Intermediaries looking to try their hand at investing shouldn’t start with advice from strangers’ social media timelines, writes Theoniel McDonald, CFP and Managing director of Wealth Associates.
You could be excused for mistaking the past few years as the age of DIY investing. Nowadays just about everyone who strolls into our financial advice practice has a self-researched share or crypto asset portfolio. As I interact with these investors and spend time browsing investment-focused social media accounts, I cannot help but recall a story popularised by asset management guru JP Morgan.
Morgan would get his shoes shined every morning on his way to the stock market. One day the shoeshine attendant asked him if he could buy some stocks through Morgan’s brokerage. Morgan politely refused, and when he arrived at the office ordered his traders to immediately offload their stocks. This sequence of events, as legend has it, took place just days before the 1929 stock market crash. Morgan acted decisively because he was concerned about being invested in the market when everyone was getting ready to rush in!
You see, everyone wants to own shares when stock markets are trending higher. Today, a couple of years into a bull market, DIY investors are boasting about their portfolio returns ‘beating’ those of the big asset managers. Social media is the perfect feeding ground for wannabe investors. Armed with share tips from their favourite online community – and clutching fistfuls of dollars courtesy the United States’ loose monetary policy – DIY investors are entering the market in their droves.
In fact, the promise of quick market returns led to around 10% of the US population signing up on US-based online trading platform Robinhood. South Africa’s Easy Equities also boasts more than 1.3 million users, with millions more joining cryptocurrency exchanges. Nothing makes me happier than seeing people excited about investing, but I am concerned about the level of financial sophistication among the DIY investor community.
Many are too easily lured in by the promise of “easy money” being made by the thousands of self-proclaimed stock market “gurus” that have sprouted up on YouTube and other digital platforms recently. Be warned: these so-called gurus make investing sound easy when it is anything but. Nobody knows for sure when the current market rally will fizzle out, but it is clear many DIY investors who bought shares near the peak will suffer capital losses.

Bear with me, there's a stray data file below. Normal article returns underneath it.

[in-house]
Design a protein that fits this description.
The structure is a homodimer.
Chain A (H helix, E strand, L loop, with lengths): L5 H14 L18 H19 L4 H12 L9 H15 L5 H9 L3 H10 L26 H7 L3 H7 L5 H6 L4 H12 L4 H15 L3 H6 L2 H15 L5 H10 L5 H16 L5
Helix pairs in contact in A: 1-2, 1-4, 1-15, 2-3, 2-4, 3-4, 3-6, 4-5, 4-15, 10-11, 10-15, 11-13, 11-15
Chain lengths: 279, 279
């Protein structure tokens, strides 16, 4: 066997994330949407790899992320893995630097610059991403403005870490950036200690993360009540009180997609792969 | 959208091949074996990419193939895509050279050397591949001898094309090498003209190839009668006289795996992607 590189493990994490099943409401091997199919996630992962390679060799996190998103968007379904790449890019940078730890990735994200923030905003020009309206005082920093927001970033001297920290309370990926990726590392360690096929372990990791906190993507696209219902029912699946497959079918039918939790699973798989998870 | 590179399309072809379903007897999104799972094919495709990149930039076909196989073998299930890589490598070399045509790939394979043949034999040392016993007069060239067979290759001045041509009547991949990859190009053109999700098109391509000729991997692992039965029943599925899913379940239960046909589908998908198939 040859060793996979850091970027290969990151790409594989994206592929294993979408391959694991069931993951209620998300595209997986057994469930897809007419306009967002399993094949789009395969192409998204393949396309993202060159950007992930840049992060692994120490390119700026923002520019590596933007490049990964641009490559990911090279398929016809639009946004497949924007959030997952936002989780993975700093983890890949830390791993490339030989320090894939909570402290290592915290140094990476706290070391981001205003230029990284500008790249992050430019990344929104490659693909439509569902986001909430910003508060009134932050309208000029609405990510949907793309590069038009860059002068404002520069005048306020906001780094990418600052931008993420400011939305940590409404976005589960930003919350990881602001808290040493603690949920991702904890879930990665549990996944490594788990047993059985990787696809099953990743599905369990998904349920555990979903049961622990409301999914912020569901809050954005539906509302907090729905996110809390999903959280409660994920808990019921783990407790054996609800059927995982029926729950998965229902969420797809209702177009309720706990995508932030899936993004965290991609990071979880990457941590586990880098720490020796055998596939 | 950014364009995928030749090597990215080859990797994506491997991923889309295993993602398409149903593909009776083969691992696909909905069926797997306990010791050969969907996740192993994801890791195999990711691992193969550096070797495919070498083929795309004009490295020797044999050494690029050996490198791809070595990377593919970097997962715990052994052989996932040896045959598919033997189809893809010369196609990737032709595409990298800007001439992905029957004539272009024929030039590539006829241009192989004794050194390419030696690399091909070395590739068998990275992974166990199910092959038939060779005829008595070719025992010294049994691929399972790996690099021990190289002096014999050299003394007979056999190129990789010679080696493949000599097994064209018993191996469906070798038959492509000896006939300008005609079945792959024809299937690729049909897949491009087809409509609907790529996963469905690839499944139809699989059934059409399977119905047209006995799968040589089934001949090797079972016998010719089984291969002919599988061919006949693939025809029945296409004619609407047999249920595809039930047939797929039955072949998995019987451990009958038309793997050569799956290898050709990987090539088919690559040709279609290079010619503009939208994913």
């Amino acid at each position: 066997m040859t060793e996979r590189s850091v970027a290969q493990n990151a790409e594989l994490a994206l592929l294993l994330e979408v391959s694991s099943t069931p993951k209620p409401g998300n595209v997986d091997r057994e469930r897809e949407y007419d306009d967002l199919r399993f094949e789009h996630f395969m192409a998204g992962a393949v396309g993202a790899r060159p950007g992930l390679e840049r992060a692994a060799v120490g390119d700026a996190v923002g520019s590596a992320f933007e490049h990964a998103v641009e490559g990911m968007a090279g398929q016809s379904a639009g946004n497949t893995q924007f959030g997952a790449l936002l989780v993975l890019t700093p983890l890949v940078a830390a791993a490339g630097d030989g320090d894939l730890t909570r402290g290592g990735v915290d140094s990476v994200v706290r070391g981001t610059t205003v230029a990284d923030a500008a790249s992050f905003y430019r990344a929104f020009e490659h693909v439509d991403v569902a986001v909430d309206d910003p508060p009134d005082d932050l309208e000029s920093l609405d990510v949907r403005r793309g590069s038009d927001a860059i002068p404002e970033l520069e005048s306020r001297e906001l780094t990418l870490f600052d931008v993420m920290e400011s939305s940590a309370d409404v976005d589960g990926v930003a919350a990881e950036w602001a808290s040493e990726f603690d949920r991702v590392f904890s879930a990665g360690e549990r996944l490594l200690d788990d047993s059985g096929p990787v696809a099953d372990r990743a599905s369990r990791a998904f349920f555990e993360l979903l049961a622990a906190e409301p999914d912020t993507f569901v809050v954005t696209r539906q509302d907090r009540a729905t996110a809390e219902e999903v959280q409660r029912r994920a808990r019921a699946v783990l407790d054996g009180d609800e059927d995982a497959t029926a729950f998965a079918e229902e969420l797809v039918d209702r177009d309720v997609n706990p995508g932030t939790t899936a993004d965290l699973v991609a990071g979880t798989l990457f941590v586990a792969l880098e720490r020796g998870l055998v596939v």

The good news is that the average Robinhood or Easy Equities trader, at around 32 years of age, will have plenty of time to recover from a market collapse. Of course, you need not stress too much about market volatility if you implement the following eight tips when building your DIY investor portfolio.
1. Knowledge is power. Arm yourself with all the information you can find and only follow social media personalities who have been successful over longer timeframes.
2. Be realistic about your return expectations. A 200% return over a handful of years during a bull market is impressive; but achieving 15-20% per annum over 15 years, through market ups and downs, is even more so.
3. Develop your own strategy and document this as you go. Your strategy should include reading and understanding financial statements and quarterly and annual reports.
4. Focus on preserving your capital. The price you pay for an investment is critical as it provides a margin of safety when markets dip. Remember, if your portfolio loses 50% of its value it must recover by 100% just to recoup the lost capital.
5. Understand the value of the assets that you buy. If you are investing in something that you cannot value, then you are probably following the herd rather than investing.
6. Resist the temptation to speculate or trade. If you hold positions for less than six months you are probably trading or speculating rather than investing. Time in the market beats timing the market, every time.
7. Diversification is key. Build a portfolio in line with your desired asset profile and pay close attention to how much you invest locally versus abroad, and the mix of asset classes in each geography.
8. Speculate with money you can afford to lose. If you decide to take a gamble on that hot stock or cryptocurrency, please do so with money that you are comfortable losing. If you commit too much of your capital to a speculative investment that subsequently collapses, you will set your overall portfolio back years.
9. Surround yourself with good advisors. You should seek help from people with experience and who have your interests at heart. There are professional investment advisers who are willing to charge for their advice on an hourly basis.
My parting words of encouragement to DIY investors: If you have started an investment portfolio then do not stop. You should keep the momentum going, continue investing through the market cycles and always remain patient, because great returns come to those who wait.